Architects move to resolve dispute over qualifying examination
Fresh moves are being made by the new leadership of Nigeria Institute of Architects (NIA) to resolve the dispute between it and the regulatory body, Architects Registration Council of Nigeria (ARCON) over examinations and registration of architects.
There had been disagreement between the institute and ARCON, as well as subsequently litigations by some aggrieved members on who should be responsible for conducting qualifying examinations.
But the recent decision of a Federal High Court, Lagos, which nullified the claim by some of the officials led by former president of NIA, that ARCON, the regulatory body of architecture profession in the country, has been dissolved and therefore has no power to sanction erring members of NIA has opened a new lease for the architects.
NIA president, Festus Adibe Njoku, who was elected president of the institute in November last year, said henceforth, the body would not be taking two examinations, but one.
“After the clearing of the backlogs that caused the problem, the one examination would take place anytime within the year (2018)”, he said.
Njoku, who was reacting to the latest court verdict over the disagreement in Lagos, said, it was false to state that NIA took its regulatory body to court, stressing that at no time, between last year and two years ago, did NIA take ARCON to court.
He explained that four individuals, namely: the immediate past president Tonye Braide, Abimbola Ajayi, David Majekodunmi and Dike Emmanuel, all architects and officials in Braide’s era in their individual capacity, went to court, challenging that the regulatory body, having been dissolved, according to them, does not have the power to invite them to a disciplinary hearing.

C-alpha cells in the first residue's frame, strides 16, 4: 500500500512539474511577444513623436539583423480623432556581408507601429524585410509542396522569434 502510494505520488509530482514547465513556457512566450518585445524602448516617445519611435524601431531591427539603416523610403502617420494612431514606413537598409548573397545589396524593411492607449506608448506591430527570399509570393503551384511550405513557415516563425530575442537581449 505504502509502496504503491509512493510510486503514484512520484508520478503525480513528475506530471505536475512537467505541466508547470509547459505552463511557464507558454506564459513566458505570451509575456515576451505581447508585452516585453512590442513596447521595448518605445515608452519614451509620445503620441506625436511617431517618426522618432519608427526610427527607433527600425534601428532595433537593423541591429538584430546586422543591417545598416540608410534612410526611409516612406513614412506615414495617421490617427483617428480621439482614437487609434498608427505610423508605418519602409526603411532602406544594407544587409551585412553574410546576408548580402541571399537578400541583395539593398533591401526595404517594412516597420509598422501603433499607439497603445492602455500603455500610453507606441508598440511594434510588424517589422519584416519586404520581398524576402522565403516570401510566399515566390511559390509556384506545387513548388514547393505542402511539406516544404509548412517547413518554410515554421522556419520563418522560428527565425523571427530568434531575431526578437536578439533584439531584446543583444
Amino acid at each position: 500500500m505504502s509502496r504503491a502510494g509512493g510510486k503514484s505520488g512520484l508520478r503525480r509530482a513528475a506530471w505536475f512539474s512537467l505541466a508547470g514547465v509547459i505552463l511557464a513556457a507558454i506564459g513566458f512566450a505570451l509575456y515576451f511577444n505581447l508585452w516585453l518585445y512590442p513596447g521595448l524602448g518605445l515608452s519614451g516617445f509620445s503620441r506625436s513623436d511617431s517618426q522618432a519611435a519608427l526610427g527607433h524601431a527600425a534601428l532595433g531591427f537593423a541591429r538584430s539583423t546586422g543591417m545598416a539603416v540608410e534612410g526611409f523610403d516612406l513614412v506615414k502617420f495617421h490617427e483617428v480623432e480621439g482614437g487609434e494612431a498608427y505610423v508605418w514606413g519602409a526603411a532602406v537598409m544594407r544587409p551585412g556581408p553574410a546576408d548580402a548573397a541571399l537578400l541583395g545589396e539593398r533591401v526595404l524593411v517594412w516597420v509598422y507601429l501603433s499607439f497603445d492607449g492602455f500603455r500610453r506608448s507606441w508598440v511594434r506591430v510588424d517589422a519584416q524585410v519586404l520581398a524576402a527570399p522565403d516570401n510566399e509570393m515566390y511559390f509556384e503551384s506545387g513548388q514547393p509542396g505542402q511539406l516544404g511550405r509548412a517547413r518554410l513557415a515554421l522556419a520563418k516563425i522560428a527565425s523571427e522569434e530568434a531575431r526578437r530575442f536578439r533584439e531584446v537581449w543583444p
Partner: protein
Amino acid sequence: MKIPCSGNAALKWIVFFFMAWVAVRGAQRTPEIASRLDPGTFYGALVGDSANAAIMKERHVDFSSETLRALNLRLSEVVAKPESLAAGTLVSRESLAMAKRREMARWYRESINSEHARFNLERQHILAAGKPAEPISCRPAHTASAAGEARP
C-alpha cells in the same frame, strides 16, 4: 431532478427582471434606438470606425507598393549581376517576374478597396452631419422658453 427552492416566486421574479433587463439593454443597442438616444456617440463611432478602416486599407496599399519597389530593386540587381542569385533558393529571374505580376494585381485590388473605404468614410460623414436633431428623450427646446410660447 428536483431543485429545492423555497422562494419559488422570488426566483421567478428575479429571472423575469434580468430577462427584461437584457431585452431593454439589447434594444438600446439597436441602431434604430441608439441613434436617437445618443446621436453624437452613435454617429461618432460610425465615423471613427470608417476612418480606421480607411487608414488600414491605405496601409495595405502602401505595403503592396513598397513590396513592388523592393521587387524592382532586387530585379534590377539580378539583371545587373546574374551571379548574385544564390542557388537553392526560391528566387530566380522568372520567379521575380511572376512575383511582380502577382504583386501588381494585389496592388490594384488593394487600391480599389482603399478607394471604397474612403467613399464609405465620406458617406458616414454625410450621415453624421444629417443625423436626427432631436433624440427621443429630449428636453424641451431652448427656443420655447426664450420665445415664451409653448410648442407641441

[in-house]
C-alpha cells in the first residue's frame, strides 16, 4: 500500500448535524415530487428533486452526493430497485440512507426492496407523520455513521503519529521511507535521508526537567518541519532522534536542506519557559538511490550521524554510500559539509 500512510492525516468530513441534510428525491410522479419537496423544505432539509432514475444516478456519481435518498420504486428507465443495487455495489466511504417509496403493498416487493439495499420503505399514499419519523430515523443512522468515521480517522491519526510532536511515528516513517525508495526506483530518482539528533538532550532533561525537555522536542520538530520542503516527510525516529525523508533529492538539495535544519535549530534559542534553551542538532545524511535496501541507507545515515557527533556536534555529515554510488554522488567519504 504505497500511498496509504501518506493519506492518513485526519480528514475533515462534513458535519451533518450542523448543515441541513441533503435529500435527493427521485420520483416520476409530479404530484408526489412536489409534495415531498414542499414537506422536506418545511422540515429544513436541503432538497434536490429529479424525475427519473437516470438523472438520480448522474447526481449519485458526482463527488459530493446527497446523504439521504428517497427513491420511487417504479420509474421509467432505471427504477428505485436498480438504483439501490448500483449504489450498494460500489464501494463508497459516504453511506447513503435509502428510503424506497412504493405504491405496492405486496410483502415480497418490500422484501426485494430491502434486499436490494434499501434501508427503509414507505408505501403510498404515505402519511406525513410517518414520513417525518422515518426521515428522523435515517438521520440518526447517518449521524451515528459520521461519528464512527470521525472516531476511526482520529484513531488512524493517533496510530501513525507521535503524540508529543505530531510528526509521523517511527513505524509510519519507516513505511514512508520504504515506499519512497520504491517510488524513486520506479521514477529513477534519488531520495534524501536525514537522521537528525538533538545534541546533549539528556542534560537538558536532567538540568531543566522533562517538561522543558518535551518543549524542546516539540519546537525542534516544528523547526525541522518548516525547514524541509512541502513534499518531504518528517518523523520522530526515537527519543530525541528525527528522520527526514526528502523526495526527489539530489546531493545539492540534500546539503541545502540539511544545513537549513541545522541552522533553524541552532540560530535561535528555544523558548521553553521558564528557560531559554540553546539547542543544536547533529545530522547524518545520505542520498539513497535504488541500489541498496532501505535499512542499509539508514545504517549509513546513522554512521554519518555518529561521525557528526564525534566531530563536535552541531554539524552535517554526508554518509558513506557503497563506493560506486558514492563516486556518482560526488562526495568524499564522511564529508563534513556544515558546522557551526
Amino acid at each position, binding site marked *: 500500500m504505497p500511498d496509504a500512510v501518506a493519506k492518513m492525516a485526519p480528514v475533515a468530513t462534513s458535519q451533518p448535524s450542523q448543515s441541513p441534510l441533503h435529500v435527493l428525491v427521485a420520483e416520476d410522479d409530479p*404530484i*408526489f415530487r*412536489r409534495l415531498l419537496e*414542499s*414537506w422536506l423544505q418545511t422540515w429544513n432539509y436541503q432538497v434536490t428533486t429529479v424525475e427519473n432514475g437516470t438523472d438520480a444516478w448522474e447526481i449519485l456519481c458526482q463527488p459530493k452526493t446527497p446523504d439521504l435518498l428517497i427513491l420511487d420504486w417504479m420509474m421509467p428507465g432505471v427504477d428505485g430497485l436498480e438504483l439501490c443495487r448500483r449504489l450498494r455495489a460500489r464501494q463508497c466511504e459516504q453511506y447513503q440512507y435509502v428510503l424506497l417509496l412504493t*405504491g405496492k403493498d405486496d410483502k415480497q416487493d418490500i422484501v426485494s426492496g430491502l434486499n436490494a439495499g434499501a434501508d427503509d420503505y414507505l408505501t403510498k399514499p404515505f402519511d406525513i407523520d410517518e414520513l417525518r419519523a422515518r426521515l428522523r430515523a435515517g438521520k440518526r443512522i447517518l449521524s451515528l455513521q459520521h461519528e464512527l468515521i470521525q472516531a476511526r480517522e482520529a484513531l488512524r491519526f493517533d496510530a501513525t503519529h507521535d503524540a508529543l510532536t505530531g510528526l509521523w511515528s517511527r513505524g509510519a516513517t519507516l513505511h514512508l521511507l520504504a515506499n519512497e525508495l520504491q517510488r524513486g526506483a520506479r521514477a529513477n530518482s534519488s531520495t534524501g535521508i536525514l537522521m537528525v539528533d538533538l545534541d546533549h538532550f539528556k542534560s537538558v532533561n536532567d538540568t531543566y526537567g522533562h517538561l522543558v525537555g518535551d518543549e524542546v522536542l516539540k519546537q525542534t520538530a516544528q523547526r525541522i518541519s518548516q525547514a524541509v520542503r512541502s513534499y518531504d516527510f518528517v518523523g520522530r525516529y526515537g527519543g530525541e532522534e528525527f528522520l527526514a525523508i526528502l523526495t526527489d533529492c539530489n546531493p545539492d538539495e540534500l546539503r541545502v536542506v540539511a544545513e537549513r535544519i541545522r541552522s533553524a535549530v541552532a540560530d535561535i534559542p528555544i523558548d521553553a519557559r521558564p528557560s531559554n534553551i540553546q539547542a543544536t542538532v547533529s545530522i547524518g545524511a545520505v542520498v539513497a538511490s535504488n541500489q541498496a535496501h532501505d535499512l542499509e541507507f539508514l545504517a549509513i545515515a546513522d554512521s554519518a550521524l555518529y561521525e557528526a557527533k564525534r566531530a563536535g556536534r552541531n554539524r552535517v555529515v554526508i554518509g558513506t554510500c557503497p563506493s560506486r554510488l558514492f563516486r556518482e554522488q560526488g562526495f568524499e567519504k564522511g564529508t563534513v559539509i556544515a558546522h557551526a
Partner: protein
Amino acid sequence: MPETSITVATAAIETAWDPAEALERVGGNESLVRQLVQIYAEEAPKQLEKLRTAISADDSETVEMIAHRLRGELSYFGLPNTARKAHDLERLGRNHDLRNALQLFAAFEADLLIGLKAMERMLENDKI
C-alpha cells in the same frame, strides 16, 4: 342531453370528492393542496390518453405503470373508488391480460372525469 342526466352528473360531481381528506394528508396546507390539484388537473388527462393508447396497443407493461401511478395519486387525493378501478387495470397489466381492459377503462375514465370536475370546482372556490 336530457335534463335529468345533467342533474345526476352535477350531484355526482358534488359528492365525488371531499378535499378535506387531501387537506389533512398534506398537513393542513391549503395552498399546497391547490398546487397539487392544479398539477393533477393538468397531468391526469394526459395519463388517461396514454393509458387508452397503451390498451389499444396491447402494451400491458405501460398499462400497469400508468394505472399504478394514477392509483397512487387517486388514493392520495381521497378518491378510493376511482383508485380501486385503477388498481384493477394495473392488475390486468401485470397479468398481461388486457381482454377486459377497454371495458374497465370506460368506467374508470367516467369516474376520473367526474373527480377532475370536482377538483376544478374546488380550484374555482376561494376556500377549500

According to him, as citizens of the Federal Republic of Nigeria, they have a right to go to court as individuals, but that at no time did the Council mandated them to go to court and that there was no time they stated that they were representing the Council.
“Even the judgment did not say NIA but only mentioned these four people. NIA never took ARCON to court; neither did it say that ARCON has been dissolved.
“Rather four members of NIA went to court to say that ARCON has actually been dissolved and they lost the case.”
Njoku narrated that it all started when the immediate past president, Braide, set up an education board that introduced people who just did their examinations in 2014 to be in examination board in 2015.
The regulatory body in turn, faulted the act and requested that the people be removed from the examination board.
This however was not granted, leading to the regulatory body not recognizing the examination.
He stressed that it affected the September 2016, March 2017 and September 2017 sets.
“The regulatory body now said, we want to see all the documents pertaining to the examination, their registration and project. Since, I came in by November 25, those documents were sent to the regulatory body by December 22 for them to go through the process of qualifying them for the examination. The moment they finish, they would register the candidates who are found qualified.”
ARCON, he said, has not finally come up with registered candidates and that they cannot go further until they are registered. That is the process of reuniting the institute, he noted.
In addition, he stated that they would be bringing back their position as the pacesetters of the profession within the continent, having suffered credibility setback recently. “Once, we have done that we would regain the respect that the country’s commands.”
On whether the action of the regulatory body does not constitute a bottleneck to the candidates, Njoku remarked that you don’t say because somebody is suffering too much and go ahead to pass him. ARCON, he maintained, would be the one to register those candidates as well as be the one to give them a number that qualifies them to practice.
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